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How The Roles Of Women In Ancient Greece Affect Their Status

1350 words - 6 pages

Ancient Athens and Ancient Sparta were two of the biggest city-states in Greece. Despite their geographical closeness these two city-states differed largely in many aspects, particularly the kind of roles women played in society and the amount of power women had. Whereas women in Ancient Sparta were believed to be very independent the women in Ancient Athens were not. Even the way these women dressed contrasted from one another. In this essay, I will shine light on the differences between women in Sparta, who had played a larger role in Spartan society, and the women in Athens, whose role was not considered as important as men in Athenian society and how this effected their status. I will provide examples from two of the secondary sources that were read in class as well as a primary source written by Aristophanes.
The role of women in Ancient Sparta was much more important than the role of women in Ancient Athens. Women in Ancient Sparta gained a valuable role because since Sparta was a powerful militarized state, women were a major contributor to war by bearing sons who would turn into soldiers and thus were an essential part of their society. All newborn females in Sparta were reared because when they became a mother, they would also bear more children. On the contrary, in Ancient Athens all male newborns were reared while some of the female infants were killed. According to Blundell it is believed that “they did have generally maintained that more girls than boys would have been disposed of in this way” (Blundell, 130). This statement means that it was a common practice to exposed female newborns and could be due to the low valuation of female babies. To me, this means that female infants were less valuable than males. Also, Blundell suggests in this article that providing dowries at marriage would cause a financial hardship for her father and therefore she is less wanted than a son (Blundell, 131). To me this means that a father suffers a great loss by providing dowry to his daughter’s husband and this is something they wanted to avoid. This had a negative consequence on women.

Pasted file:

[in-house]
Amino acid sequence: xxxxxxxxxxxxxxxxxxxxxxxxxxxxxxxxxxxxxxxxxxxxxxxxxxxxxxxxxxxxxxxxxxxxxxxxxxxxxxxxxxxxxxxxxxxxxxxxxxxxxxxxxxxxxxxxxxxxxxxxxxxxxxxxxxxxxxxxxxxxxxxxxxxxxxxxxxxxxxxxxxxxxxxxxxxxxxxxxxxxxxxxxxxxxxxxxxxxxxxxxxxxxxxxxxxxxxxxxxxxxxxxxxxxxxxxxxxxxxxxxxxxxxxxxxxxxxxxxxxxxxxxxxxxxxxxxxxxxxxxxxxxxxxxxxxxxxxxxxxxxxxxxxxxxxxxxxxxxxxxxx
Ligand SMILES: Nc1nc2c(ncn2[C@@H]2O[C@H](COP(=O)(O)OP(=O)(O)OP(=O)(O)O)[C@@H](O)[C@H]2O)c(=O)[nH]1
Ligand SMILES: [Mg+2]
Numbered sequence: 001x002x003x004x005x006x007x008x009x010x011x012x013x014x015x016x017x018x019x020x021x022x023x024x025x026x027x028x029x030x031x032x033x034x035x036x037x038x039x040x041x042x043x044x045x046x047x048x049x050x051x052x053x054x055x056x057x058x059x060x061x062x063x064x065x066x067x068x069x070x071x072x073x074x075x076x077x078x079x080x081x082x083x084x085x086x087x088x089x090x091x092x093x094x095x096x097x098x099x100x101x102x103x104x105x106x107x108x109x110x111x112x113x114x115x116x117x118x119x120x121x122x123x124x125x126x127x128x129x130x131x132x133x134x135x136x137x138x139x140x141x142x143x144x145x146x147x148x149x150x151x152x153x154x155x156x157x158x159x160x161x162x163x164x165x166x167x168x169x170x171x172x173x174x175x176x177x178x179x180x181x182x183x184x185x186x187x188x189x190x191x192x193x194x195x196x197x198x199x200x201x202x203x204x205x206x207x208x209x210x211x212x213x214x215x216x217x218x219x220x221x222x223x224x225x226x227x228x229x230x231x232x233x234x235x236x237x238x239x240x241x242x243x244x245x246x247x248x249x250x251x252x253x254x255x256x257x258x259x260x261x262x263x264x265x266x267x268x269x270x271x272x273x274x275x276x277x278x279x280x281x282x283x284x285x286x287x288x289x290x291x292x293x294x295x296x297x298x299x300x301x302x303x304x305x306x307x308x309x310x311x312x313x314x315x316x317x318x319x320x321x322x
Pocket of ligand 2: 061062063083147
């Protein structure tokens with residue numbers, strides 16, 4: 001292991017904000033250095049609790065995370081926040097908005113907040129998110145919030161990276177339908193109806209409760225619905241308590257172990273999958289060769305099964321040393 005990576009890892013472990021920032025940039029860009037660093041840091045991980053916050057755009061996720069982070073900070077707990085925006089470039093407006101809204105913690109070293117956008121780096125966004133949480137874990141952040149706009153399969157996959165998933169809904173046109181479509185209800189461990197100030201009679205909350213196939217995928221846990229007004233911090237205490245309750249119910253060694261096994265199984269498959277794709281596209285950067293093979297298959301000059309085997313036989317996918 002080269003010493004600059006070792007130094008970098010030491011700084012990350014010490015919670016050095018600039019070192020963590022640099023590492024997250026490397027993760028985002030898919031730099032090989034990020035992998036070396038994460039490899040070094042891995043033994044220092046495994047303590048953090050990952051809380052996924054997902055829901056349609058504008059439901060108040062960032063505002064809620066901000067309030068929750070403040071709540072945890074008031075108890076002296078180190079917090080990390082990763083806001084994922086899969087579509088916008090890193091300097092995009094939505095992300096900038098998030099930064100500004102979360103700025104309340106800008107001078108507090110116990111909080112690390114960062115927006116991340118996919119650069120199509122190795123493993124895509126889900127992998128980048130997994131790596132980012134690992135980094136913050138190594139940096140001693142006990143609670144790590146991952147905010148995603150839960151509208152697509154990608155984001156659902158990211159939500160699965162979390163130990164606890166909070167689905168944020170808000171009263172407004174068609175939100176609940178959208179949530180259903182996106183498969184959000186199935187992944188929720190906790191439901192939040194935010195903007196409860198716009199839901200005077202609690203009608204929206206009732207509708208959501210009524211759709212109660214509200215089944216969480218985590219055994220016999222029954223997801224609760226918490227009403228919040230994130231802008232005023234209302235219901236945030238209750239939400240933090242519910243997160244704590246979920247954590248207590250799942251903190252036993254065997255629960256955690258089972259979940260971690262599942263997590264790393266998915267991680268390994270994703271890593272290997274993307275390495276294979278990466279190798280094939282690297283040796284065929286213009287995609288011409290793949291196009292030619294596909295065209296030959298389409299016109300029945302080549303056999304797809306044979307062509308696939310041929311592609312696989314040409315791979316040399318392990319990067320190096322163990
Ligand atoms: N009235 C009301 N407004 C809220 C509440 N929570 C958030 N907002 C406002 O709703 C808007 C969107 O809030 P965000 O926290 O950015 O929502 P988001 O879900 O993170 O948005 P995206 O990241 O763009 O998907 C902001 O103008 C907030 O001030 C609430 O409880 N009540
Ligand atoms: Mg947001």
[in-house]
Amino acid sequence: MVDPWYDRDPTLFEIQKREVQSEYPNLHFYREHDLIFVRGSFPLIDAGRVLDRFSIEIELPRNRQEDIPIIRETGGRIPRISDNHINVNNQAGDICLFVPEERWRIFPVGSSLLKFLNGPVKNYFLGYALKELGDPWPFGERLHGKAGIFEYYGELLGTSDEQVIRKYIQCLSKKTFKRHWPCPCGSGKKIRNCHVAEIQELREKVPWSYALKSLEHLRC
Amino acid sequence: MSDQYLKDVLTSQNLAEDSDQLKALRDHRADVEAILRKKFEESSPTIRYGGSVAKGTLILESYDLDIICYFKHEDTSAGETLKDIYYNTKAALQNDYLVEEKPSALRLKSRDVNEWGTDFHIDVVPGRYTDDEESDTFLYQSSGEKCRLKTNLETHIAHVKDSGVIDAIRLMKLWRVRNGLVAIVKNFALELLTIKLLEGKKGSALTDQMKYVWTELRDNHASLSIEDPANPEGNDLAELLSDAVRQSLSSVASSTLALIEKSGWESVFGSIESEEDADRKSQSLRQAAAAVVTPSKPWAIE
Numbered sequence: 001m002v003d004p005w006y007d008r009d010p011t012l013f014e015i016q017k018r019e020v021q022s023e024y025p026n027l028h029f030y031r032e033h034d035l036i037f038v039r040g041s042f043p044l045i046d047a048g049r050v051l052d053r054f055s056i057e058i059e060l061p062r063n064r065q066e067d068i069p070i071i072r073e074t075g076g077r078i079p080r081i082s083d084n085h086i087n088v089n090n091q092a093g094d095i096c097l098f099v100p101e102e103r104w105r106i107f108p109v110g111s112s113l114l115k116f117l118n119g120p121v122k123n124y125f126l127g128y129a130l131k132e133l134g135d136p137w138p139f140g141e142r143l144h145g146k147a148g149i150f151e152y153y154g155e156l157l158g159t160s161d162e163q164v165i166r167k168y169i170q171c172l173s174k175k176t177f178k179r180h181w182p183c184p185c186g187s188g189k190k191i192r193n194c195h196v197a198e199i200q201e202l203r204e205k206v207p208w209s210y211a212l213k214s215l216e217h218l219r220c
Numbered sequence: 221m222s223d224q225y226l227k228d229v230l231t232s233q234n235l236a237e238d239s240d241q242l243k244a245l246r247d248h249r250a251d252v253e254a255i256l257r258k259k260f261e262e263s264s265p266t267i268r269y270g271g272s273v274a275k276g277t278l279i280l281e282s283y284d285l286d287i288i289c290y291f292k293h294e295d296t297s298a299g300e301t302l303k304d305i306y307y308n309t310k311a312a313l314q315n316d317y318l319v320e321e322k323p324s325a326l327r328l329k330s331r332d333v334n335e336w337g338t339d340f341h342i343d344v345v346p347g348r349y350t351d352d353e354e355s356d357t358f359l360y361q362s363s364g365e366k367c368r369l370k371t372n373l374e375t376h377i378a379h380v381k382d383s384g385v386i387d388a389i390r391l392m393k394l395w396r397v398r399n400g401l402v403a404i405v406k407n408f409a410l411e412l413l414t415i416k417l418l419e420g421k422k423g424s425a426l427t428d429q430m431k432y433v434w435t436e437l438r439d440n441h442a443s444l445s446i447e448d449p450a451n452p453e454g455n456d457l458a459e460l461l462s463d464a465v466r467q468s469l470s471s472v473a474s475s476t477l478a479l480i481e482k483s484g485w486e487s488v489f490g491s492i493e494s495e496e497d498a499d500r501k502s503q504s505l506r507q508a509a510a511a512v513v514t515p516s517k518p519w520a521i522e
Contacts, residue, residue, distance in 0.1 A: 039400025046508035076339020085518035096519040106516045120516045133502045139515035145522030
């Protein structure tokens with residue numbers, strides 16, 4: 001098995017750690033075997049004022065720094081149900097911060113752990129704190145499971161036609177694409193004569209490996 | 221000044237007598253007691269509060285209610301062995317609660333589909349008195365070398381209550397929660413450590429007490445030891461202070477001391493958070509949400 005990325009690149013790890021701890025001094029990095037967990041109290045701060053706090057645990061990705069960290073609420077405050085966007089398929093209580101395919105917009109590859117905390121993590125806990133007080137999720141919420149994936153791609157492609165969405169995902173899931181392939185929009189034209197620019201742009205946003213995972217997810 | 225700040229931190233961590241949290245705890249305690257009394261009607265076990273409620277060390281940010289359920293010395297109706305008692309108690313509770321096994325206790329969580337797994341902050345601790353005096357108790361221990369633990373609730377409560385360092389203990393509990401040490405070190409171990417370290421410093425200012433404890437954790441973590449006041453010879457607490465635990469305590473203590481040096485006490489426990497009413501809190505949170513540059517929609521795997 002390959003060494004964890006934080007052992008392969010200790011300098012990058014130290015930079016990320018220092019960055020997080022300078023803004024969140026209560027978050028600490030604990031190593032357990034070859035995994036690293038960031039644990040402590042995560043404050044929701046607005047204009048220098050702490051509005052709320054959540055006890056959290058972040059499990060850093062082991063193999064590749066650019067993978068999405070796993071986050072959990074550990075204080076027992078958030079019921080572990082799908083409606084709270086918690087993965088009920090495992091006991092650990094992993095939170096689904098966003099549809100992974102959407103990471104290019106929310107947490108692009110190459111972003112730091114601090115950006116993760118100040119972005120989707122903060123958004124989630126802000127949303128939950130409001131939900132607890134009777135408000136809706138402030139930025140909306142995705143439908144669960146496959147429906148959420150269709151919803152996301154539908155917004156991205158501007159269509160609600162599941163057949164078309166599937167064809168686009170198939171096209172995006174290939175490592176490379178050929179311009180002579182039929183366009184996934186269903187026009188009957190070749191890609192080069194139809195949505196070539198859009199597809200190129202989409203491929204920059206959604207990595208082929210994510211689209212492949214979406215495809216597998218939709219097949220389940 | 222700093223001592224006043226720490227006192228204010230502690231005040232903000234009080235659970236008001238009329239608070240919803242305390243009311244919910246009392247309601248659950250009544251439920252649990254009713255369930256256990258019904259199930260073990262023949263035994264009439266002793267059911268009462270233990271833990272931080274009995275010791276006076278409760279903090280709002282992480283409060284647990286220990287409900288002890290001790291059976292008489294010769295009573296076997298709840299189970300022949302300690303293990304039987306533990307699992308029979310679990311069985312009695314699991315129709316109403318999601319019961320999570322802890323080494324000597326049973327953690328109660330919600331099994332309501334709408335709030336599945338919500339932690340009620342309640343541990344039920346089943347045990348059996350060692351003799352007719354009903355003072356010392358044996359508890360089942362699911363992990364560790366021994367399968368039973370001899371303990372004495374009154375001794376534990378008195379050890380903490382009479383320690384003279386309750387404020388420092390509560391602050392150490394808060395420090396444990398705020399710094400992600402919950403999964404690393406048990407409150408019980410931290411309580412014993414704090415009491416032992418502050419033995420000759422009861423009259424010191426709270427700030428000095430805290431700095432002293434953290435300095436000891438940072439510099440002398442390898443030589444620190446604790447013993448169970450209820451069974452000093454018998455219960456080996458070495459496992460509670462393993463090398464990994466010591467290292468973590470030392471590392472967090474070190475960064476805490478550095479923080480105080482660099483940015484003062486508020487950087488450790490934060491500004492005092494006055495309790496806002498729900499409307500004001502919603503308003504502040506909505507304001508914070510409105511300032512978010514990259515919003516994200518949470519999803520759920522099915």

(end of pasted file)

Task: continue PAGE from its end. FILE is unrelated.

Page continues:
Additionally, Spartan women enjoyed much more freedom and rights than the women of Ancient Athens. Spartan women had freedom during times of war because of male absence. Spartan women had so much freedom that they were allowed to have sexual relations with other men when their husbands were at war. When men were absent “on a campaign of long duration” Pomeroy adds, “the women resorted to intercourse with men known as helots” (Pomeroy,37). This statement reflects the freedom of women in their society and this affected women because they could exercise their freedom of polygamy. Women of Ancient Athens did not have such freedom and instead were policed by men. Athenian women had limited freedom because of their obligation to household chores. In Aristophanes’s play Lysistrata, he depicts the common Athenian woman and her chores at home when Lysistrata says “Destroy...

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